The Rambla

Then there’s the Ramblas, which is the first port of call for most visitors to the city. On this tree-lined boulevard you can achieve many things. Get your shoes shined, coo at baby bunnies, hopscotch over a Miró mosaic, get your photo taken with a giant cockroach, get your wallet nicked and generally indulge in a whole lot of people watching. It’s a crucible of all that is famous and infamous about the Catalan capital and you should revel in it. But please don’t buy anything on it! Veer off into the narrow streets to either side just a few minutes away and you’ll pay half the price for food and souvenirs.

Gaudi’s Casa Batllo

Another major draw on the tourist trail are the spectacular town-houses designed by Antoni Gaudí on the glamorous Passeig de Gràcia. The two main ones are La Pedrera (aka Casa Milà) and Casa Batlló. Of the two, I’d recommend you admire Casa Batlló from the pavement rather than pay the hefty entry fee. Save your cash for entrance to La Pedrera, where you’ll be rewarded by the sight of ‘witch-scarer’ chimney stacks on the roof.  Casa Batlló – best seen from the outside.

Being sexually harassed

For me, this is the worst aspect of Barcelona and one I still haven’t figured out how to deal with effectively. I can be walking along the central Plaça de Catalunya when a smartly dressed middle-aged guy walks past and mouths puta! (whore!) at me. Or in the posh L’Eixample area where on one block after another men from all walks of life direct overtly sexual comments at me. It’s made worse, Spanish friends tell me, by the fact that I’m going about the city as a single female, rather than as part of a couple or in a big group.

Sexual harassment isn’t limited to women, either. If you’re a guy, at some point in the old town you’re bound to encounter the attentions of prostitutes touting for business. The worst area for this is on the Ramblas and the ropey area to one side of it, the Raval. The Barcelonan authorities have taken massive steps over recent years to clean up this notoriously dodgy district, and it’s nowhere near as bad as it used to be. But I’ve wandered through the Raval in broad daylight and still seen prostitutes everywhere.

I’m struggling to know what advice to give you about this seedy side of the city, because I haven’t got to grips with it myself yet. Just be aware that you could encounter it and try not to pay it any attention – comments and stares are likely to be as bad as it gets.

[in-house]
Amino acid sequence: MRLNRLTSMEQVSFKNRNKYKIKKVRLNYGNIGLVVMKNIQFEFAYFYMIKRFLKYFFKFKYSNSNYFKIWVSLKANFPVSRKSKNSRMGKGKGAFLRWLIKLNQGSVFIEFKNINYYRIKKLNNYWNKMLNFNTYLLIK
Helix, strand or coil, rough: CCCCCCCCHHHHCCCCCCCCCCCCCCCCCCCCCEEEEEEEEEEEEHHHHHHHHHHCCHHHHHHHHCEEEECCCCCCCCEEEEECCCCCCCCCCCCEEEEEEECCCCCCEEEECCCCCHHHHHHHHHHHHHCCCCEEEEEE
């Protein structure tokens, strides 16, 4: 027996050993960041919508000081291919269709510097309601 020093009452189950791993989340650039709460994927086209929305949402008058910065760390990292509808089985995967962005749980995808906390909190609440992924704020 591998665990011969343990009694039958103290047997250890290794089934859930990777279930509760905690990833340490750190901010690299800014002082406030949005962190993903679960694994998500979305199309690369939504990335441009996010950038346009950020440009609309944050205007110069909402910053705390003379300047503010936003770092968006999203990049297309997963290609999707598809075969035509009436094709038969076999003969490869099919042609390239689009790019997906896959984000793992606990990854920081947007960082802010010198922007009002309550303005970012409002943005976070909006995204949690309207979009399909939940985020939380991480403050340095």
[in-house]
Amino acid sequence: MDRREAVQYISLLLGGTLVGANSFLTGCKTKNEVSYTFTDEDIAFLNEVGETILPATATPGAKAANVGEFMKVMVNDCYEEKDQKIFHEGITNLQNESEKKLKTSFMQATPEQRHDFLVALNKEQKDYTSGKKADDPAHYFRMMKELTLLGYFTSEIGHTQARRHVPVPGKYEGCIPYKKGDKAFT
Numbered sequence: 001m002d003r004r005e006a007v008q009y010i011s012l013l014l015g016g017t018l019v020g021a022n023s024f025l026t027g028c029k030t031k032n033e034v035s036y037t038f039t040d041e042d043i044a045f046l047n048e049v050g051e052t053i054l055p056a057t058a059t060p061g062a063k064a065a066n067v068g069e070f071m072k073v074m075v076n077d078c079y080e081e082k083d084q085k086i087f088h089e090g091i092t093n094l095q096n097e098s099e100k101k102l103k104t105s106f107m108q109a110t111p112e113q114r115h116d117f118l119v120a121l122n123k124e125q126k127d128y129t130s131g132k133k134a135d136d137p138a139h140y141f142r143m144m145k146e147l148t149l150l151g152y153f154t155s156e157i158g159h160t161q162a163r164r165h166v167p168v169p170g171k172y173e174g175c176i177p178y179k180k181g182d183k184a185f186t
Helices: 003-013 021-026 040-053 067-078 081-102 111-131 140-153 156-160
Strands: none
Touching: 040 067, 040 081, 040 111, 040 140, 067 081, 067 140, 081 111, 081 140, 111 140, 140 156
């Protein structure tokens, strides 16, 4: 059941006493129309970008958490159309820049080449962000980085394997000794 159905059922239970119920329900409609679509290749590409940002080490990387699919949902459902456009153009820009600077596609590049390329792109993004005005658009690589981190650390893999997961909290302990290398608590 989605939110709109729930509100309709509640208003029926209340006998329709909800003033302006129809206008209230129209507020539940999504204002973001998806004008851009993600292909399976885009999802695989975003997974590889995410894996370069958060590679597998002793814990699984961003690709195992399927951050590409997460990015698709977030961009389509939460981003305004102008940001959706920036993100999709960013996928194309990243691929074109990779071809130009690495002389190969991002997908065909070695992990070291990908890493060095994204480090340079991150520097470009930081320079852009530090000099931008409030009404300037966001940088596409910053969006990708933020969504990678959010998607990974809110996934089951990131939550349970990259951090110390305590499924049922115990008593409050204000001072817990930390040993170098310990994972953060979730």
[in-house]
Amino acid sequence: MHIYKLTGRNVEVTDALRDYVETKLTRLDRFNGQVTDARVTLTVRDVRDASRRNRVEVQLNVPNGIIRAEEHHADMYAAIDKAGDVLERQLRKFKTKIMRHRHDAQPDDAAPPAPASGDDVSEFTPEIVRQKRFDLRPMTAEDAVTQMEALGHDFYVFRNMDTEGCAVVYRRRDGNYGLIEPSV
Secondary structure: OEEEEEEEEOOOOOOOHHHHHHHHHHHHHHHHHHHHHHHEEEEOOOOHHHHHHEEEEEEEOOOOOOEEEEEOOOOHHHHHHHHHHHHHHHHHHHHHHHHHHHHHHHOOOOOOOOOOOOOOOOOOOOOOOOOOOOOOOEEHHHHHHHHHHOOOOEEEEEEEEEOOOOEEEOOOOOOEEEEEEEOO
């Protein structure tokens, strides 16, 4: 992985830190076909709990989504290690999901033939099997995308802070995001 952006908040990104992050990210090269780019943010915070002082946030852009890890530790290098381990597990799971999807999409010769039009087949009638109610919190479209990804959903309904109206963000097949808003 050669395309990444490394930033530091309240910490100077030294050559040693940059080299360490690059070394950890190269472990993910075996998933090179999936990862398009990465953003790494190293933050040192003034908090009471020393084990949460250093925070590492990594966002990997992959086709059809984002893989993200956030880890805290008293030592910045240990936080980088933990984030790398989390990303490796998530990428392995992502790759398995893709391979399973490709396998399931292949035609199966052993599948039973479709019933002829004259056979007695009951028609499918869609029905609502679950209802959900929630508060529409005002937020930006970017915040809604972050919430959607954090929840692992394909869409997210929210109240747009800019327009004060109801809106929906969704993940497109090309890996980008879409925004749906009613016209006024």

For more on robberies and theft in Barcelona check out Robbed In Barcelona, a website connected to the popular Facebook page, I Know Someone Who Got Robbed In Barcelona.

Julie Sheridan made the move to Barcelona from her native Scotland in Spring 2011, after 10 years living under Scotch mist in Edinburgh. Out of an innate love of making things difficult for herself she deliberately chose a part of Spain where she knew no-one and couldn’t speak the local language. Her blog focuses on the social and cultural differences between Scotland and Spain, Caledonia and Catalonia.   Guiri girl in Barca is her site.

18 Responses

  1. Had my passport stolen there. Pretty traumatic. I’ve been not-so-fond ever since, even though I know it’s unfair.

  2. admin says:

    You’re not alone on that one. Lot’s of folks have a bad taste in their mouth after getting robbed in Barcelona. Sad, but true and something needs to be done about it. One would think more action would be taken by the city, considering we’re in ‘crisis’ here and tourism is one of the biggest money makers in Barcelona……one would think…..

  3. David says:

    Excellent advice. Attended a conference in Barcelona and 3 of our group were victims of theft. Be vigilant, be aware and if you intend to have a few drinks leave any valuables in the hotel safe so you don’t become a victim whilst your guard is down.

  4. admin says:

    Hi David, glad you found the advice useful. The thieves are so fast, even the wary have been robbed.

  5. Julie,
    Thanks for this honest post. I have a question about the bag you carry during the day. I have a small day pack that zips off my main backpack and I was wondering if that would be a good back to use even though it’s on my back. The zipper is on the side facing my back. What do you think?

  6. admin says:

    Sounds good, but don’t keep anything of value in it if you’ll wear it like a backpack!

  7. Julie Sheridan says:

    Hi Casey,

    If the zip is facing into your back this will help, but you’ll be safer not to wear the rucksack on your back on the metro. I use a normal handbag every day going to work on the metro, but keep it in front of me with my arm over the opening at all times. I have Spanish friends who’ve been robbed on the metro – please be extra cautious. You may feel slightly paranoid but you’d be amazed how slick the thieves are.